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2 of 2 people found the following review helpful By George Eliot on 9 Sep 2006
Format: Paperback
Eight years after the events of "Dark Lord of Derkholm" Derk and Maras children are off to see - and put right - the world Mr. Chesneys Tours so nearly destroyed - at least, most of them are. Elda just wants to go to University and learn magic properly. But upon arrival, it turns out that Dad might have had a point when he said she'd be wasting her time. The University is, not to put too fine a point on it, stony broke and most of the teachers utterly incompetent. And Chairman Corcoran isn't helping: he'd rather spend what little money he can dredge up on building his moonship than repairing roofs, or buying food. Still, when his new students arrive, and he realises that they all come from rich and important families, he manages to stay on the ground long enough to do the only sensible thing: send their parents pleading letters begging for money. Meanwhile Elda has made friends with them all, and quickly discovers that each and every one of them has, to use the common phrase, done a bunk. Just how their respective families feel about that becomes clear when assassins, pirates and various enraged monarchs begin to show up at the University!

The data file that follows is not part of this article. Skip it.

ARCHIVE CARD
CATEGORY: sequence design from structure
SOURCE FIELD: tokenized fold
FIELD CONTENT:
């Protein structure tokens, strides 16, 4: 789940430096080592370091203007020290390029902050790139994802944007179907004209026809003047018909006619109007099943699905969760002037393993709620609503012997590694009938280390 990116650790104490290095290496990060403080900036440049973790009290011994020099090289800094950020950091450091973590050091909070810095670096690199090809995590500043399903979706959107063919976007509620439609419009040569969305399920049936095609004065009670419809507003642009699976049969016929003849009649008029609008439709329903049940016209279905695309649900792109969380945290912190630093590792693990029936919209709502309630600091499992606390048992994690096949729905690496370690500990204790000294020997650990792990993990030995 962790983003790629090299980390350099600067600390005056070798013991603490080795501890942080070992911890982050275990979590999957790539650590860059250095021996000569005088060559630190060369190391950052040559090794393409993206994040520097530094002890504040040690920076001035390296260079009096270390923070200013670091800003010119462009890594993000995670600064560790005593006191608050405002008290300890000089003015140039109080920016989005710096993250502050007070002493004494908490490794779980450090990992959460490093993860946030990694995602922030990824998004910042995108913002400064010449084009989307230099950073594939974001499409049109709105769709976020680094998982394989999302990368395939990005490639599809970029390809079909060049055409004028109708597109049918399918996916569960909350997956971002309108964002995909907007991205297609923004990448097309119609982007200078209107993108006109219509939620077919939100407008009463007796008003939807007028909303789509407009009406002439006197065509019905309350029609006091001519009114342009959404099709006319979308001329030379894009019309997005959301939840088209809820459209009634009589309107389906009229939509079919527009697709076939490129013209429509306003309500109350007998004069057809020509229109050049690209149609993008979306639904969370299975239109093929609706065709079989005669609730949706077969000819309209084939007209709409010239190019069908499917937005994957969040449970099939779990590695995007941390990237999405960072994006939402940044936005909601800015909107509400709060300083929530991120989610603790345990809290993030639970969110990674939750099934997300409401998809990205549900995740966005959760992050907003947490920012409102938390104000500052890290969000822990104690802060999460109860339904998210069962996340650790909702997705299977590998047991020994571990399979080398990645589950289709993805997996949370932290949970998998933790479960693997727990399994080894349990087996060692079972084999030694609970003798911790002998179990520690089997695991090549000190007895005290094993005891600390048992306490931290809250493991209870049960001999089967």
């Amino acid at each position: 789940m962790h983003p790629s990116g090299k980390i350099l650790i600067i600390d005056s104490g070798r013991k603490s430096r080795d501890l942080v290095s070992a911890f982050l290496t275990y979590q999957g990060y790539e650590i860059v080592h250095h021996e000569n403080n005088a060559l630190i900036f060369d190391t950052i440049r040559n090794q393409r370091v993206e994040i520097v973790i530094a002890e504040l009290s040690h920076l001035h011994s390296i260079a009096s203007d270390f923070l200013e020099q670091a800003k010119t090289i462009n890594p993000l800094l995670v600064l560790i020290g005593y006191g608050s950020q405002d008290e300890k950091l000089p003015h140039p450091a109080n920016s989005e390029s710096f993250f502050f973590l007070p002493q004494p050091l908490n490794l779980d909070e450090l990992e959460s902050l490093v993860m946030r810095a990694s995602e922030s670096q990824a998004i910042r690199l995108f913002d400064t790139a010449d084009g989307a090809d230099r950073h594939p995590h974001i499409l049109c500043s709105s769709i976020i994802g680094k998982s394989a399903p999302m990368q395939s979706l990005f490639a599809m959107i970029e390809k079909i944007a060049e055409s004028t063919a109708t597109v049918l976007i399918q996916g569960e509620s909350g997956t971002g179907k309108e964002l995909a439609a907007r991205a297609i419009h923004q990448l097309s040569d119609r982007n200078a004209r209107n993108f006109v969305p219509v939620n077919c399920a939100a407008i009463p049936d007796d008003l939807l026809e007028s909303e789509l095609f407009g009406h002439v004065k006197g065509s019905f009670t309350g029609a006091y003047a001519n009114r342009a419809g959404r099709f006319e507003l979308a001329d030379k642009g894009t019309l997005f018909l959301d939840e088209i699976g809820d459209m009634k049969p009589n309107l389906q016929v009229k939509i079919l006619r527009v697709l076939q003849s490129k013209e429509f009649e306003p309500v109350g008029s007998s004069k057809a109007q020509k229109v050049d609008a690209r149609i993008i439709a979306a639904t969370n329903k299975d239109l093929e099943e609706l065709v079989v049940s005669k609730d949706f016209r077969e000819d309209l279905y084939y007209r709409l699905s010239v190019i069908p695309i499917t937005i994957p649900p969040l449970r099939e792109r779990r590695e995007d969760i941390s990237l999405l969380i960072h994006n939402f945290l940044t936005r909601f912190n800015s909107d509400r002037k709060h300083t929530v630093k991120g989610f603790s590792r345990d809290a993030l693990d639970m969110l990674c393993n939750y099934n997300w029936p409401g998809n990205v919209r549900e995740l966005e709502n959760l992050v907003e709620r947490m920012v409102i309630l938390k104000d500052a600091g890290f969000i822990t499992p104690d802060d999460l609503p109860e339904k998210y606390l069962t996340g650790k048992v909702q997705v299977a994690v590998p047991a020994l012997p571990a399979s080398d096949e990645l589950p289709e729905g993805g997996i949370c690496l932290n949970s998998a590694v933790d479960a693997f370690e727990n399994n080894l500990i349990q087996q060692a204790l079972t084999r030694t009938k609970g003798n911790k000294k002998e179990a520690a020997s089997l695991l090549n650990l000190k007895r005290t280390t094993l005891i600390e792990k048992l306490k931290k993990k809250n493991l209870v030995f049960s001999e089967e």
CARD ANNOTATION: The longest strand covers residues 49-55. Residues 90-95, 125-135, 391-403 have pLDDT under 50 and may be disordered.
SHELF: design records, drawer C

Plot? What plot? "Year of the Griffin" is pure fun, with no pretensions to any kind of world-shaking storyline. It's about friendship, family, and, of course, university. It's about new life and fresh ideas and crawling out from under the debris of the past. It's about jinxes and angry parents, greedy senators and griffins (obviously). But most of all, as always with Jones, it's about magic. And once again, one of the best things about her book is way you can almost feel her joy in writing jumping off the pages. It shines through every single sentence, and it's extremly contagious.
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2 of 2 people found the following review helpful By A Customer on 17 Mar 2001
Format: Paperback
I have just finished this book and I really enjoyed it. I thought she finished off the book very well leaving it open for a follow up if she wants to write one. I like the way all the characters lived "happily ever after" because this is what should happen in all books. I would like to have seen a book that followed straight on from Dark Lord covering the years Kit and Blade trained with the dragon but I think she filled the gap well.